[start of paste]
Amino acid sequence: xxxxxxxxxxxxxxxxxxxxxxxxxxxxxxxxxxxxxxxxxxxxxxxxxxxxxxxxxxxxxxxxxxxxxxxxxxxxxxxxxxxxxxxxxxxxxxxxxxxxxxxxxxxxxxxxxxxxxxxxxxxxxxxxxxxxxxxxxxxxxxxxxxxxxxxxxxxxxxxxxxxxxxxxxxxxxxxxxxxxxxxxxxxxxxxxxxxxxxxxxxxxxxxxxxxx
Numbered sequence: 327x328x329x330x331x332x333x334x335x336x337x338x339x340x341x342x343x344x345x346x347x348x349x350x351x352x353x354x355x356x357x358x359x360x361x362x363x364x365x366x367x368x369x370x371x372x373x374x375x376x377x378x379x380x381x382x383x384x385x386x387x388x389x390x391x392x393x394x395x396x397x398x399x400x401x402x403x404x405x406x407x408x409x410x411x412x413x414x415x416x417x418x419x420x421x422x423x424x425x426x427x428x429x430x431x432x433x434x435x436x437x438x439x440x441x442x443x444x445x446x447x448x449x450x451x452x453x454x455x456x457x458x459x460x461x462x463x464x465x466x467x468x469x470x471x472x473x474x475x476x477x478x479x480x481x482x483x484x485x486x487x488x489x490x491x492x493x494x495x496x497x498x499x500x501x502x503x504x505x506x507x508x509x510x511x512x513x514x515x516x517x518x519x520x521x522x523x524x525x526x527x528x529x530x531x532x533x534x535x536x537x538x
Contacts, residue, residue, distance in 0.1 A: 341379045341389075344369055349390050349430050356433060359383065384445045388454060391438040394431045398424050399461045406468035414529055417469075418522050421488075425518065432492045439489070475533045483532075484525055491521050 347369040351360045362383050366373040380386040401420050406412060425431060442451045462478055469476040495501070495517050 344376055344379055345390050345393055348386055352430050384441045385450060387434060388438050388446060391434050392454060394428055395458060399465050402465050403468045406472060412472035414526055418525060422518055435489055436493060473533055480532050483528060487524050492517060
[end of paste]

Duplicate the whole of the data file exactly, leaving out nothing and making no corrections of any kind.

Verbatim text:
Amino acid sequence: xxxxxxxxxxxxxxxxxxxxxxxxxxxxxxxxxxxxxxxxxxxxxxxxxxxxxxxxxxxxxxxxxxxxxxxxxxxxxxxxxxxxxxxxxxxxxxxxxxxxxxxxxxxxxxxxxxxxxxxxxxxxxxxxxxxxxxxxxxxxxxxxxxxxxxxxxxxxxxxxxxxxxxxxxxxxxxxxxxxxxxxxxxxxxxxxxxxxxxxxxxxxxxxxxxxx
Numbered sequence: 327x328x329x330x331x332x333x334x335x336x337x338x339x340x341x342x343x344x345x346x347x348x349x350x351x352x353x354x355x356x357x358x359x360x361x362x363x364x365x366x367x368x369x370x371x372x373x374x375x376x377x378x379x380x381x382x383x384x385x386x387x388x389x390x391x392x393x394x395x396x397x398x399x400x401x402x403x404x405x406x407x408x409x410x411x412x413x414x415x416x417x418x419x420x421x422x423x424x425x426x427x428x429x430x431x432x433x434x435x436x437x438x439x440x441x442x443x444x445x446x447x448x449x450x451x452x453x454x455x456x457x458x459x460x461x462x463x464x465x466x467x468x469x470x471x472x473x474x475x476x477x478x479x480x481x482x483x484x485x486x487x488x489x490x491x492x493x494x495x496x497x498x499x500x501x502x503x504x505x506x507x508x509x510x511x512x513x514x515x516x517x518x519x520x521x522x523x524x525x526x527x528x529x530x531x532x533x534x535x536x537x538x
Contacts, residue, residue, distance in 0.1 A: 341379045341389075344369055349390050349430050356433060359383065384445045388454060391438040394431045398424050399461045406468035414529055417469075418522050421488075425518065432492045439489070475533045483532075484525055491521050 347369040351360045362383050366373040380386040401420050406412060425431060442451045462478055469476040495501070495517050 344376055344379055345390050345393055348386055352430050384441045385450060387434060388438050388446060391434050392454060394428055395458060399465050402465050403468045406472060412472035414526055418525060422518055435489055436493060473533055480532050483528060487524050492517060